Tuesday, 9 July 2019
Defence Matters: Statements
I welcome the Minister of State to the House. When I was speaking about Defence Forces pay and conditions last week, we did not have the full detail of the recommendations of the Public Service Pay Commission. Now that we do, I believe that much of what myself and Senator Craughwell said last week is still relevant. I understand that some colleagues in the House are referring to myself and Senator Craughwell as a duo who only know one tune. However, I have an enormous grá for Óglaigh na hÉireann and I will continue, as best as I can, to campaign for them. Whether it is aid to the civil power, security duties, counter-terrorism, support for An Garda Síochána, rescuing refugees, engaging in ceremonial duties or supporting communities in time of need or, indeed, in peacekeeping overseas, the brave men and women of Óglaigh na hÉireann provide a service that is vital to us all, and they deserve to be properly treated.
In previous contributions, I have raised issues regarding delays in promotions, long distances to travel for those affected by brigade rearrangement, pension entitlements, obligatory discharge ages, treatment for those suffering with post-traumatic stress disorder, implementation of the adjudicator’s findings for post-1994 soldiers and other issues, all of which are having a negative effect on morale within the Defence Forces. However, the issue which has consistently been raised is that of pay. Last week’s report does not, by any stretch of the imagination, solve all the problems. Having said that, it would be meant-spirited not to welcome the fact that progress has been made. In particular, I welcome the increase in the military service allowance, the restoration of all allowances cut in 2013 as part of the Haddington Road agreement and the restoration of premium weekend rates. Defence Forces personnel have always been heavily reliant upon allowances and I know from talking to members that this cut was particularly hard felt. Concentrating available resources first on increasing allowances rather than giving percentage increases to basic pay was wise, and is proportionately of most benefit to the enlisted members. At the PDFORRA annual conference in Castlebar last year, its general secretary, Ger Guinan, asked for exactly this. I am glad the Government has listened to his call.
I acknowledge that many sectors of the Defence Forces are currently running below their establishment figure. In particular, as has been said, we are having problems in the Naval Service and in regard to holding on to pilots and others with specialist skills in areas such as bomb disposal, operational command, marine and electrical engineering, medicine and IT. That is why I welcome the loyalty bonuses being put in place, the review of pay for those with specialist or technical skills and consideration of incentives for long service. However, I also believe we need to ensure that we do more for enlisted members and recruits. I believe that nobody wearing an Irish uniform should earn less than the living wage. I call on the Taoiseach and the Minister of State, once the current measures have been accepted and implemented, to make this their next priority. Nobody wearing an Irish uniform should have to rely on working family payments. That said, I am keen to ensure that none of the 90 or so military families currently in receipt of this allowance will lose out on this as a result of the increases announced last week. I have spoken with the Minister for Employment Affairs and Social Protection and asked her to consider this issue for me. She has agreed to look at it and to come up with a solution.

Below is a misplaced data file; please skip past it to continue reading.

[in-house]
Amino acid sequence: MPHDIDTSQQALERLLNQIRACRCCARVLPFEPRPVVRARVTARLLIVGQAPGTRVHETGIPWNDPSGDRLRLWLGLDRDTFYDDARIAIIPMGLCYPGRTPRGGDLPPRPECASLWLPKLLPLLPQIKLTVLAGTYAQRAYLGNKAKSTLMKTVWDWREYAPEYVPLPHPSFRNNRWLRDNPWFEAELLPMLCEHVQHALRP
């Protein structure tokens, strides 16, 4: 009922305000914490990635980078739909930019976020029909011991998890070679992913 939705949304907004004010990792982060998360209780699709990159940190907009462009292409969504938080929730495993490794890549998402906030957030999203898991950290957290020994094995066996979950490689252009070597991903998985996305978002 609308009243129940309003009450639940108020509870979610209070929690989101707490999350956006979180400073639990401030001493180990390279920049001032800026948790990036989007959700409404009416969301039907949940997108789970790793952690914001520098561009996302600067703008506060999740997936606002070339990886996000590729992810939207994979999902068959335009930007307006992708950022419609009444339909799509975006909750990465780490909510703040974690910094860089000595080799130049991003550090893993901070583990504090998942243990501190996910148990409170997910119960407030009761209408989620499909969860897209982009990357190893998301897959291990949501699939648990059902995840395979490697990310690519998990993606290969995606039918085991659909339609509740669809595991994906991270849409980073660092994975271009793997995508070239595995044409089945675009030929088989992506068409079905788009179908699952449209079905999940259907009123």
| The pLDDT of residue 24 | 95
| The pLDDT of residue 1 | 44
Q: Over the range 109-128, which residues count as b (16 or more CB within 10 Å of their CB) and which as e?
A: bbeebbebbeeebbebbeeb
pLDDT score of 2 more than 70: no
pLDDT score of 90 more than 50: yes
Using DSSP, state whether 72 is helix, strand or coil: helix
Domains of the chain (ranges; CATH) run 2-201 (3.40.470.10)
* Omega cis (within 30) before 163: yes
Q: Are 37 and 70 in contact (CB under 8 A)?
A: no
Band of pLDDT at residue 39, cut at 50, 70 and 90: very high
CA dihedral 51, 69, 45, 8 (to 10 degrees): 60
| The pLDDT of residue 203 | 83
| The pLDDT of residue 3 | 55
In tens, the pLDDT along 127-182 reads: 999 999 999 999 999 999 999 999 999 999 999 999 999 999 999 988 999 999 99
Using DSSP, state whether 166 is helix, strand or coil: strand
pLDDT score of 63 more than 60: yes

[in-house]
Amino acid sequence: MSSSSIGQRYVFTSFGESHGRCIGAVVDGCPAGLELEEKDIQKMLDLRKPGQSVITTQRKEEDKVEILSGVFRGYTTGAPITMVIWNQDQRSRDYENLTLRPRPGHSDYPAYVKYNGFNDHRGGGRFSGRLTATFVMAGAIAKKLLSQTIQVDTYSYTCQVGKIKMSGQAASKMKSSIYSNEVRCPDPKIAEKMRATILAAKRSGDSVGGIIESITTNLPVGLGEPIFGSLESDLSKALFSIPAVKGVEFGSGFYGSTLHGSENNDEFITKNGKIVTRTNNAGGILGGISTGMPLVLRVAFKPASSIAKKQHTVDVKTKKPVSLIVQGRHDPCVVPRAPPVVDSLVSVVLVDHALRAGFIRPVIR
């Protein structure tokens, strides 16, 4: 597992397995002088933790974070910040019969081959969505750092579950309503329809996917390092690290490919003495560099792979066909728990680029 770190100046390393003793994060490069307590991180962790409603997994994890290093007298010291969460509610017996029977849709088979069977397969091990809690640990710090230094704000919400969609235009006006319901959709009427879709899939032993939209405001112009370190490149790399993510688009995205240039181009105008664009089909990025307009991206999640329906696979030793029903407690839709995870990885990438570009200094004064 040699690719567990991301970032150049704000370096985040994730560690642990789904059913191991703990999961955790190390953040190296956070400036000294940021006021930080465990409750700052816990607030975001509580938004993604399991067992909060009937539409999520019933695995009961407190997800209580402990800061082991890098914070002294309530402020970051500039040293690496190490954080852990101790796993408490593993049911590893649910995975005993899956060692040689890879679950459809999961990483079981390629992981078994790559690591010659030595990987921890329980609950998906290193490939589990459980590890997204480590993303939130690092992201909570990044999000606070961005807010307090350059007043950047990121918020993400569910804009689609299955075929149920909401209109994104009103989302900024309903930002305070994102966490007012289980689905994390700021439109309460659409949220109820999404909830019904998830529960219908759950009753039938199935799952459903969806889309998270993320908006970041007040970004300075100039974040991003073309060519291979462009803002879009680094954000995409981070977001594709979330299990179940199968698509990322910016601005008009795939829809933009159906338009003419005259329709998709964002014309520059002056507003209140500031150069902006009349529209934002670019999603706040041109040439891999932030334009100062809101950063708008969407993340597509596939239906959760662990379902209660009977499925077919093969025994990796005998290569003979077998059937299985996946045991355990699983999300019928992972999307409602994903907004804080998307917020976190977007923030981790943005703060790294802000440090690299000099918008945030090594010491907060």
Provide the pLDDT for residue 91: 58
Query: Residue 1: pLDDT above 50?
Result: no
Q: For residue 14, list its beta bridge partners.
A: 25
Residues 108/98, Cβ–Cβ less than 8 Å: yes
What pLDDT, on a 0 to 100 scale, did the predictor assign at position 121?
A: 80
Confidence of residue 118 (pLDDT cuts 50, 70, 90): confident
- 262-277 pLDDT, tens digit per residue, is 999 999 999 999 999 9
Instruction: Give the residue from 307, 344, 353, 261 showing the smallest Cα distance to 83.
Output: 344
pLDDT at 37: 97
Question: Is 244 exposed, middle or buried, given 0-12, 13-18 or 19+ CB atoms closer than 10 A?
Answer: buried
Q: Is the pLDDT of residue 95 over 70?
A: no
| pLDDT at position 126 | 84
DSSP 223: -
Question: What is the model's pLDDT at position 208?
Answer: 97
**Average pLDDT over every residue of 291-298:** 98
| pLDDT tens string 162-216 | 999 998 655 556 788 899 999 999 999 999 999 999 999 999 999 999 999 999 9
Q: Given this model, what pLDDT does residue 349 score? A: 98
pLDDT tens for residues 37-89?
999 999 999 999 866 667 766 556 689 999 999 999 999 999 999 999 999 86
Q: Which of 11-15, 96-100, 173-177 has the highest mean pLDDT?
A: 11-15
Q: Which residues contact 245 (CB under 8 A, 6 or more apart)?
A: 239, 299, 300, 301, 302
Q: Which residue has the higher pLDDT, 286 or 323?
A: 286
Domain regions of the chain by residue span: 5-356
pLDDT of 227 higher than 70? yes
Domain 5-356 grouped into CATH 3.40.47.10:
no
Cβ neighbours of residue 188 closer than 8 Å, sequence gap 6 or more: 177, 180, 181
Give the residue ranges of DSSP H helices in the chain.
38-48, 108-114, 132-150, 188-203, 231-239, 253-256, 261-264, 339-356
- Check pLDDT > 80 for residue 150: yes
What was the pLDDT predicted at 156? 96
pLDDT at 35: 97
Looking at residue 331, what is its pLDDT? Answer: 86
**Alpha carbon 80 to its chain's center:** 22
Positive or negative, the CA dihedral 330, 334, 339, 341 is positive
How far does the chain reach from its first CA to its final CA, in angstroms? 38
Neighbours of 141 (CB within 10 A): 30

The elements of this package are things for which I and others have been calling for a long time and, therefore, I welcome them. I know they are not everything that Defence Forces members had hoped for, but I would urge them to accept this much for now and work with the Government to make further improvements. In return, I would call on the Government to take the next steps in a matter of weeks, as soon as acceptance is confirmed, rather than letting it drag on into next year. Last week’s report should not be the end of the process but, rather, the first step of the next section - perhaps a smaller step than many of us wanted but a welcome step nevertheless.
Defence is the ultimate guarantee of freedom. If we truly value freedom, then we must ensure that military service is an attractive career option for men and women. We must give them a reason to stay. With just three years to go to the centenary of the establishment, by our predecessors, of the National Army in 1922, we must put in place the structures and the funding necessary to ensure that the members of Óglaigh na hÉireann are motivated and resourced and can start into their second century ready to meet the needs of a changing Ireland.